Negative Affectivity As a Mediator of the Association between Caregiver Psychological Distress and Psychopathology in Infants with Early Signs of Autism Spectrum Disorder (ASD)
Objectives: To explore whether the pathway identified in non-autistic children – from caregiver psychological distress to child negative affectivity to child psychopathology – is also observed among a cohort of infants presenting with varying levels of ASD features.
Methods: Participants were a community-referred sample of 103 infants (68% male) aged 9-16 months (M = 12.39, SD = 1.97) showing early signs of ASD, and a primary caregiver (96% biological mothers). Caregivers completed a series of questionnaires. Psychological distress was measured using the Depression Anxiety Stress Scale (DASS-21), infant negative affectivity was measured using the Infant Behavior Questionnaire-Revised (IBQ-R), and infant internalizing and externalizing symptoms were assessed via the Infant-Toddler Social and Emotional Assessment (ITSEA). Infant ASD features were assessed using the Autism Observation Schedule for Infants (AOSI), a semi-structured observational measure. An SPSS macro was used to estimate the total and indirect effects of caregiver psychological distress on infant internalizing and externalizing (modelled separately) via infant negative affectivity (mediator) at varying levels of ASD features (moderator).
Results: Caregiver psychological distress, infant negative affectivity, and infant internalizing and externalizing symptoms were positively interrelated. Infant ASD features were positively associated with internalizing symptoms (only). The model explained a large proportion of the variance in infant internalizing and externalizing symptoms (44% and 24%, respectively). Infant negative affectivity fully mediated the association between caregiver psychological distress and infant psychopathology in both models. No interaction terms involving the AOSI were significant, indicating that the significance of direct and indirect effects did not vary as a function of infant ASD features.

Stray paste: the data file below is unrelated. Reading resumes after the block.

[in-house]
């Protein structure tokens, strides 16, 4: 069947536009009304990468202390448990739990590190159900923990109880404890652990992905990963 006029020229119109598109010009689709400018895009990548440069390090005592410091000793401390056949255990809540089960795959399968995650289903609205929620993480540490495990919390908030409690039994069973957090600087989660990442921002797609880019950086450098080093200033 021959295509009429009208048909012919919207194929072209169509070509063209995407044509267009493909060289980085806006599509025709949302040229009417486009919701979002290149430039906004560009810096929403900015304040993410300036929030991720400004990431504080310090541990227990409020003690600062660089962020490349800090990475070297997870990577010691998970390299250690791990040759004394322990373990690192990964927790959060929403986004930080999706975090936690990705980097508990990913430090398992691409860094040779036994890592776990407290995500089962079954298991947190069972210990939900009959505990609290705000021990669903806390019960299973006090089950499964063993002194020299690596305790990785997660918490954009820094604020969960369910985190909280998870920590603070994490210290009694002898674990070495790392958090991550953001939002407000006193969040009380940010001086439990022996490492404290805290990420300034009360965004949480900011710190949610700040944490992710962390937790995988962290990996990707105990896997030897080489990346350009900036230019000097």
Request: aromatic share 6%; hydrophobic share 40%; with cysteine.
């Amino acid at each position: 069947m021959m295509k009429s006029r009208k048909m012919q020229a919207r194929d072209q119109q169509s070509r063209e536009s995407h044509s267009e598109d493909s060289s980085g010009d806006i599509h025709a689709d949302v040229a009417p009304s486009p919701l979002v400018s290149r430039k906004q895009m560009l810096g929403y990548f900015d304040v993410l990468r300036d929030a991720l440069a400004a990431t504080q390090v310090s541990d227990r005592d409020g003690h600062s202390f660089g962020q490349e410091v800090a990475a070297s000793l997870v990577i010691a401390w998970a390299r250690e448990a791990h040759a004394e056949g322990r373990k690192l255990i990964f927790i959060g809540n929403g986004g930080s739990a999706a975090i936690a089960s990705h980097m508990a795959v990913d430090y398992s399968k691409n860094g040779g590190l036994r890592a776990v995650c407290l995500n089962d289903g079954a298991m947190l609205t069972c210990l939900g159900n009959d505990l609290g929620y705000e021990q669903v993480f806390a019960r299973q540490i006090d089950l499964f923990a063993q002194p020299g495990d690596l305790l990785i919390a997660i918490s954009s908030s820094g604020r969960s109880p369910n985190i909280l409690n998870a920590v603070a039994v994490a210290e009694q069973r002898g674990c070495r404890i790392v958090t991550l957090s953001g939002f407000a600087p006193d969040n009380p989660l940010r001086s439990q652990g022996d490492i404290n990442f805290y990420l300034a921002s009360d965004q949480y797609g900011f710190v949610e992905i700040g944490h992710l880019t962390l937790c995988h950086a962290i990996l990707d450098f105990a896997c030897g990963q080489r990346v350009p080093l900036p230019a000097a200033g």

Conclusions: These results – showing temperamental negative affectivity to mediate the link between caregiver psychological distress and infant psychopathology – are consistent with findings in non-autistic children, with effects in this community-referred cohort of infants not moderated by level of ASD features. While these results require replication and longitudinal validation, they suggest that interventions designed to mitigate internalizing and externalizing psychopathology should apply irrespective of infant ASD symptom presentation.